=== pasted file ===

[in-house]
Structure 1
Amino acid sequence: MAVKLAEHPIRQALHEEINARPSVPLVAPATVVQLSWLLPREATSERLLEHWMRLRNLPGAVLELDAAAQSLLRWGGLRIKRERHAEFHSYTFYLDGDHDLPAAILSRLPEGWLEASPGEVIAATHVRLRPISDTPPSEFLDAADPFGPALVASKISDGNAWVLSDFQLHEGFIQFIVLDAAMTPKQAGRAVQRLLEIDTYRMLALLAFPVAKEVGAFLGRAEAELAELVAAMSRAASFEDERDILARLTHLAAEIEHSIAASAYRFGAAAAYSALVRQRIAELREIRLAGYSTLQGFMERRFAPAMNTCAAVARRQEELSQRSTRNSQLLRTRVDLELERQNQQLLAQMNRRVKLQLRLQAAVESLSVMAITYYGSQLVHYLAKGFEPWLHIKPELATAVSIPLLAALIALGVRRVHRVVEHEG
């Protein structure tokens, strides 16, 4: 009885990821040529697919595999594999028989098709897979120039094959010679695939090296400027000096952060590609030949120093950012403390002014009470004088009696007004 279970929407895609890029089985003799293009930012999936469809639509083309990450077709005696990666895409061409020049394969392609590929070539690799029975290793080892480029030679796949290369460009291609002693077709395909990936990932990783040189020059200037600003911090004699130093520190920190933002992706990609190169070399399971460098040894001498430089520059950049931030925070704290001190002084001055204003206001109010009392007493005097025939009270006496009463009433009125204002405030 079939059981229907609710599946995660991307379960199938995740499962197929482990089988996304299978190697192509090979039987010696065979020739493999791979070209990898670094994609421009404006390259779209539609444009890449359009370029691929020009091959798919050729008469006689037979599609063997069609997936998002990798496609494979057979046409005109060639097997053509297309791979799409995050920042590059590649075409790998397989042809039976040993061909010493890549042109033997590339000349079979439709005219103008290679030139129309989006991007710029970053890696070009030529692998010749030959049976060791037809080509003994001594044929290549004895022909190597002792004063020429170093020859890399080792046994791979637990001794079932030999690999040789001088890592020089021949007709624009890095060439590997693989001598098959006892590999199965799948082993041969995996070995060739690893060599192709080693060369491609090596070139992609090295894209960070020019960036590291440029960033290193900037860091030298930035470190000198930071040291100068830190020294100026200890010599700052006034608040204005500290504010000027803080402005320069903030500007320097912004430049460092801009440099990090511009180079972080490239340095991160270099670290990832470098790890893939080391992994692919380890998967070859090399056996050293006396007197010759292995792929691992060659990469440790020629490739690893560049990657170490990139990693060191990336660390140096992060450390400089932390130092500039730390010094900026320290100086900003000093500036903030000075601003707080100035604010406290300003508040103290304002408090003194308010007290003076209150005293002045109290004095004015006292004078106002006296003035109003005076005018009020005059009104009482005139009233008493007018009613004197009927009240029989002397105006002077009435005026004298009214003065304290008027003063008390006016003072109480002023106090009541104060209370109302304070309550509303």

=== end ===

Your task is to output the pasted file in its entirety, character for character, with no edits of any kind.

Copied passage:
[in-house]
Structure 1
Amino acid sequence: MAVKLAEHPIRQALHEEINARPSVPLVAPATVVQLSWLLPREATSERLLEHWMRLRNLPGAVLELDAAAQSLLRWGGLRIKRERHAEFHSYTFYLDGDHDLPAAILSRLPEGWLEASPGEVIAATHVRLRPISDTPPSEFLDAADPFGPALVASKISDGNAWVLSDFQLHEGFIQFIVLDAAMTPKQAGRAVQRLLEIDTYRMLALLAFPVAKEVGAFLGRAEAELAELVAAMSRAASFEDERDILARLTHLAAEIEHSIAASAYRFGAAAAYSALVRQRIAELREIRLAGYSTLQGFMERRFAPAMNTCAAVARRQEELSQRSTRNSQLLRTRVDLELERQNQQLLAQMNRRVKLQLRLQAAVESLSVMAITYYGSQLVHYLAKGFEPWLHIKPELATAVSIPLLAALIALGVRRVHRVVEHEG
């Protein structure tokens, strides 16, 4: 009885990821040529697919595999594999028989098709897979120039094959010679695939090296400027000096952060590609030949120093950012403390002014009470004088009696007004 279970929407895609890029089985003799293009930012999936469809639509083309990450077709005696990666895409061409020049394969392609590929070539690799029975290793080892480029030679796949290369460009291609002693077709395909990936990932990783040189020059200037600003911090004699130093520190920190933002992706990609190169070399399971460098040894001498430089520059950049931030925070704290001190002084001055204003206001109010009392007493005097025939009270006496009463009433009125204002405030 079939059981229907609710599946995660991307379960199938995740499962197929482990089988996304299978190697192509090979039987010696065979020739493999791979070209990898670094994609421009404006390259779209539609444009890449359009370029691929020009091959798919050729008469006689037979599609063997069609997936998002990798496609494979057979046409005109060639097997053509297309791979799409995050920042590059590649075409790998397989042809039976040993061909010493890549042109033997590339000349079979439709005219103008290679030139129309989006991007710029970053890696070009030529692998010749030959049976060791037809080509003994001594044929290549004895022909190597002792004063020429170093020859890399080792046994791979637990001794079932030999690999040789001088890592020089021949007709624009890095060439590997693989001598098959006892590999199965799948082993041969995996070995060739690893060599192709080693060369491609090596070139992609090295894209960070020019960036590291440029960033290193900037860091030298930035470190000198930071040291100068830190020294100026200890010599700052006034608040204005500290504010000027803080402005320069903030500007320097912004430049460092801009440099990090511009180079972080490239340095991160270099670290990832470098790890893939080391992994692919380890998967070859090399056996050293006396007197010759292995792929691992060659990469440790020629490739690893560049990657170490990139990693060191990336660390140096992060450390400089932390130092500039730390010094900026320290100086900003000093500036903030000075601003707080100035604010406290300003508040103290304002408090003194308010007290003076209150005293002045109290004095004015006292004078106002006296003035109003005076005018009020005059009104009482005139009233008493007018009613004197009927009240029989002397105006002077009435005026004298009214003065304290008027003063008390006016003072109480002023106090009541104060209370109302304070309550509303």